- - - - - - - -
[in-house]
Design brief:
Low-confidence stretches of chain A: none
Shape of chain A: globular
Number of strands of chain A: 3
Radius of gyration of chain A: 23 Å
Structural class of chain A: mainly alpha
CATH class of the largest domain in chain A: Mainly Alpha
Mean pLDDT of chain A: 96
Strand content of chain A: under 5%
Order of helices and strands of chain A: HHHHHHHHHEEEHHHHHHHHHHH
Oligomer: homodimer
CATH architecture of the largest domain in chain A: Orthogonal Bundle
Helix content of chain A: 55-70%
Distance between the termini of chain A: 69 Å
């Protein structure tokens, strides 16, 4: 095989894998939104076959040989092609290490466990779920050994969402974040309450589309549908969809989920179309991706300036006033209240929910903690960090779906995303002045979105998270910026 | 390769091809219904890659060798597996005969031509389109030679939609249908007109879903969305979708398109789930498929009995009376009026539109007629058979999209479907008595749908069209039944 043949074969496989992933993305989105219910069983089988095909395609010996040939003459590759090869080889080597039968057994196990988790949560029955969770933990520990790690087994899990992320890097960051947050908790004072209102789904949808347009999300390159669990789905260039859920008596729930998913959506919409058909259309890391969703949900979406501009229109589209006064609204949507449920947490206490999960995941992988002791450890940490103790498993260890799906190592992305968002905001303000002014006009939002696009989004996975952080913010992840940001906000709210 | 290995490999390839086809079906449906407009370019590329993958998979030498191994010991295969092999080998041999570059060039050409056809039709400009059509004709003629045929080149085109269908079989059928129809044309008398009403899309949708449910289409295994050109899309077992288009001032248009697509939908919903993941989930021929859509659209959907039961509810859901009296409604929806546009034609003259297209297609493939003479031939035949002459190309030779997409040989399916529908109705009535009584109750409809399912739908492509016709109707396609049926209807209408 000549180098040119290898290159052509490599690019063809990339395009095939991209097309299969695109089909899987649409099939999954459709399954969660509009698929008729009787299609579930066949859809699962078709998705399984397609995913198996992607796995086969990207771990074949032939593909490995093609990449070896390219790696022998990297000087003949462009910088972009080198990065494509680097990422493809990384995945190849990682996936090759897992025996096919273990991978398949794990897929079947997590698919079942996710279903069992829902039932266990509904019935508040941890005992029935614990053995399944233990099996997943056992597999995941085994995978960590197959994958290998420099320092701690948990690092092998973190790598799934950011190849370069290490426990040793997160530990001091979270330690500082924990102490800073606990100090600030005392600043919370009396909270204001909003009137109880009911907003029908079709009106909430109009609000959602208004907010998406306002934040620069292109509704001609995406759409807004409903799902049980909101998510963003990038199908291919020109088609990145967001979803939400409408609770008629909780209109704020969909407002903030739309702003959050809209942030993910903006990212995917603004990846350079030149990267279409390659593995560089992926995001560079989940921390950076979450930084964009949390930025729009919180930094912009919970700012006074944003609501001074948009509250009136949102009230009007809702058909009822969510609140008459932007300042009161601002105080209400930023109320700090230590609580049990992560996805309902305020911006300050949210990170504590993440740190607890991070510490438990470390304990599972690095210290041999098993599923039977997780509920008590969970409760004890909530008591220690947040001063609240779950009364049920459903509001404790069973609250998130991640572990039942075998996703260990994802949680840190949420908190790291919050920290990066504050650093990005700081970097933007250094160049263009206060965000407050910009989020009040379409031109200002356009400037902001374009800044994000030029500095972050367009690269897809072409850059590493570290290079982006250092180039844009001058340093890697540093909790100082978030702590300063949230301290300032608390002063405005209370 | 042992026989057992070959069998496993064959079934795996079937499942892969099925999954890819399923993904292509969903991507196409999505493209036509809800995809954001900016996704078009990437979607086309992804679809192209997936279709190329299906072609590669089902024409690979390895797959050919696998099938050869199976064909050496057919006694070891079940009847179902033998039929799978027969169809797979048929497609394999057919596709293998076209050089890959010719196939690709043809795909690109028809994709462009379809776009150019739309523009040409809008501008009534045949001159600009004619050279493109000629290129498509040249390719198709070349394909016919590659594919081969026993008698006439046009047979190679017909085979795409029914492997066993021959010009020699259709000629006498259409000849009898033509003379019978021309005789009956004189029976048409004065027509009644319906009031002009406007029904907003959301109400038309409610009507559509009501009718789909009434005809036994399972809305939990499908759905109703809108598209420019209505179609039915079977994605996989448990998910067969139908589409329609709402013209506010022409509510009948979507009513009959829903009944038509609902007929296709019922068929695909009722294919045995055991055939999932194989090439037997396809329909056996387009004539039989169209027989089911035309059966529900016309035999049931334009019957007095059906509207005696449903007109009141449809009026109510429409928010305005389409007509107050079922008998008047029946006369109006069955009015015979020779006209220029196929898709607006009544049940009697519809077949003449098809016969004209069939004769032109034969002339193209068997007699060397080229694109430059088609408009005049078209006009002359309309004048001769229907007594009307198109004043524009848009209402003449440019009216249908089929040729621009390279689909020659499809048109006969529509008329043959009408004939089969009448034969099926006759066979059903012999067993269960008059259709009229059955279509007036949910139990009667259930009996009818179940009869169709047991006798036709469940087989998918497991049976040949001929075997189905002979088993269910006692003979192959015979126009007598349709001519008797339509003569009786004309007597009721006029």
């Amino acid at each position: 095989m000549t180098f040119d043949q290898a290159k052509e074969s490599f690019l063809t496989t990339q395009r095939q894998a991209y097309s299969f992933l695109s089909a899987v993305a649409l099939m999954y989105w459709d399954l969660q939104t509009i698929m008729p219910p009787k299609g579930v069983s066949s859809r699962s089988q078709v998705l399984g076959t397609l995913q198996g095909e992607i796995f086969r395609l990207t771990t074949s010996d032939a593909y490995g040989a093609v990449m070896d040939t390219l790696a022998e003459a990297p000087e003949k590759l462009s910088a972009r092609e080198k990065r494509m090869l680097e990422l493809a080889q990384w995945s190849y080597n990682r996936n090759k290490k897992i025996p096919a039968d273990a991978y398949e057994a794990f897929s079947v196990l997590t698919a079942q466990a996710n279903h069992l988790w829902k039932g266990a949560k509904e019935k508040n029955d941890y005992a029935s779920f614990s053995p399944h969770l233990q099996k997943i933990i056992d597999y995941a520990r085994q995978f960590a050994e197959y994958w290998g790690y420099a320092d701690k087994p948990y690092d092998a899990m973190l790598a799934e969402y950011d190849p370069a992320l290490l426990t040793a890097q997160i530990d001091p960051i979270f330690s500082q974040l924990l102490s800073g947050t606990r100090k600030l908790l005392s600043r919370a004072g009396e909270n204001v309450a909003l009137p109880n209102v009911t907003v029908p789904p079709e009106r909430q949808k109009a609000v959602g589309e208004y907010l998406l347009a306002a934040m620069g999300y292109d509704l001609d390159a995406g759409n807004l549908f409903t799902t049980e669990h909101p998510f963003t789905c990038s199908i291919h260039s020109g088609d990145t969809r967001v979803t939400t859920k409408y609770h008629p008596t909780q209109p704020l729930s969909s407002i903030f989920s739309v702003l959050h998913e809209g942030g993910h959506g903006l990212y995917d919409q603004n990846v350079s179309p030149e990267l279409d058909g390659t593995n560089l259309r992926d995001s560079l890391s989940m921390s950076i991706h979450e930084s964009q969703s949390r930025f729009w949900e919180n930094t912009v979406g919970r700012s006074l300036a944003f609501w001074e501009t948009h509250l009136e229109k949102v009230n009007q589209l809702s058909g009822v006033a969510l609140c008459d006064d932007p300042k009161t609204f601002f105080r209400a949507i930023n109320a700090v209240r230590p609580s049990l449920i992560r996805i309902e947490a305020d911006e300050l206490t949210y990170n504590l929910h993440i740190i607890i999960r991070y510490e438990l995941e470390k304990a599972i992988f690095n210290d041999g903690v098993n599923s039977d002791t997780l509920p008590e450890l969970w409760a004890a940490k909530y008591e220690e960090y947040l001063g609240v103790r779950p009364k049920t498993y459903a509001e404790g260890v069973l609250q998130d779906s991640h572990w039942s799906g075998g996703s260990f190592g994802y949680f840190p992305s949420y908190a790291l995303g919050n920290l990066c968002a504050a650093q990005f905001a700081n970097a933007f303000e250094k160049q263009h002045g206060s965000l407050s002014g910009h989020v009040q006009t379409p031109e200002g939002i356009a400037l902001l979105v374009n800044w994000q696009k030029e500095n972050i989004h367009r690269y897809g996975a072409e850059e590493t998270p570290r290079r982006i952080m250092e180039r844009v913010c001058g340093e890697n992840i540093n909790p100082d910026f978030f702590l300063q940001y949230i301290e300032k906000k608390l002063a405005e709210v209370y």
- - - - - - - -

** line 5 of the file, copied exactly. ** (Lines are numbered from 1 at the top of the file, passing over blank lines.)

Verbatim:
Number of strands of chain A: 3